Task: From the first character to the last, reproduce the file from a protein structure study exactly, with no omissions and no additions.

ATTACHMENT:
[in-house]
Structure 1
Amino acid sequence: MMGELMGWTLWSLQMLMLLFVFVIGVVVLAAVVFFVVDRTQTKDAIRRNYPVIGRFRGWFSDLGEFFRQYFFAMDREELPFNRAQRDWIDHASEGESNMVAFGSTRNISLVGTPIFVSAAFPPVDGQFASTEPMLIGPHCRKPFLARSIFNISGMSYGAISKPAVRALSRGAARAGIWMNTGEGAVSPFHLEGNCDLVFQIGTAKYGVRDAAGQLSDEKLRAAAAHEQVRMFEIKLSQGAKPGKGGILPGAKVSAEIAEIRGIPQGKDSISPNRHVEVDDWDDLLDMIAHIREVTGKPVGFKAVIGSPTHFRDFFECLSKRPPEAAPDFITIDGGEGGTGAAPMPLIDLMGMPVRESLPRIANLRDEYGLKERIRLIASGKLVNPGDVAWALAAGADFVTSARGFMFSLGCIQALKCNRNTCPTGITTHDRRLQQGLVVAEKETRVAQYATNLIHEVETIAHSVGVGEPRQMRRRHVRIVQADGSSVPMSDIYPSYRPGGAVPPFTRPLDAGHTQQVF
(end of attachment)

[in-house]
Structure 1
Amino acid sequence: MMGELMGWTLWSLQMLMLLFVFVIGVVVLAAVVFFVVDRTQTKDAIRRNYPVIGRFRGWFSDLGEFFRQYFFAMDREELPFNRAQRDWIDHASEGESNMVAFGSTRNISLVGTPIFVSAAFPPVDGQFASTEPMLIGPHCRKPFLARSIFNISGMSYGAISKPAVRALSRGAARAGIWMNTGEGAVSPFHLEGNCDLVFQIGTAKYGVRDAAGQLSDEKLRAAAAHEQVRMFEIKLSQGAKPGKGGILPGAKVSAEIAEIRGIPQGKDSISPNRHVEVDDWDDLLDMIAHIREVTGKPVGFKAVIGSPTHFRDFFECLSKRPPEAAPDFITIDGGEGGTGAAPMPLIDLMGMPVRESLPRIANLRDEYGLKERIRLIASGKLVNPGDVAWALAAGADFVTSARGFMFSLGCIQALKCNRNTCPTGITTHDRRLQQGLVVAEKETRVAQYATNLIHEVETIAHSVGVGEPRQMRRRHVRIVQADGSSVPMSDIYPSYRPGGAVPPFTRPLDAGHTQQVF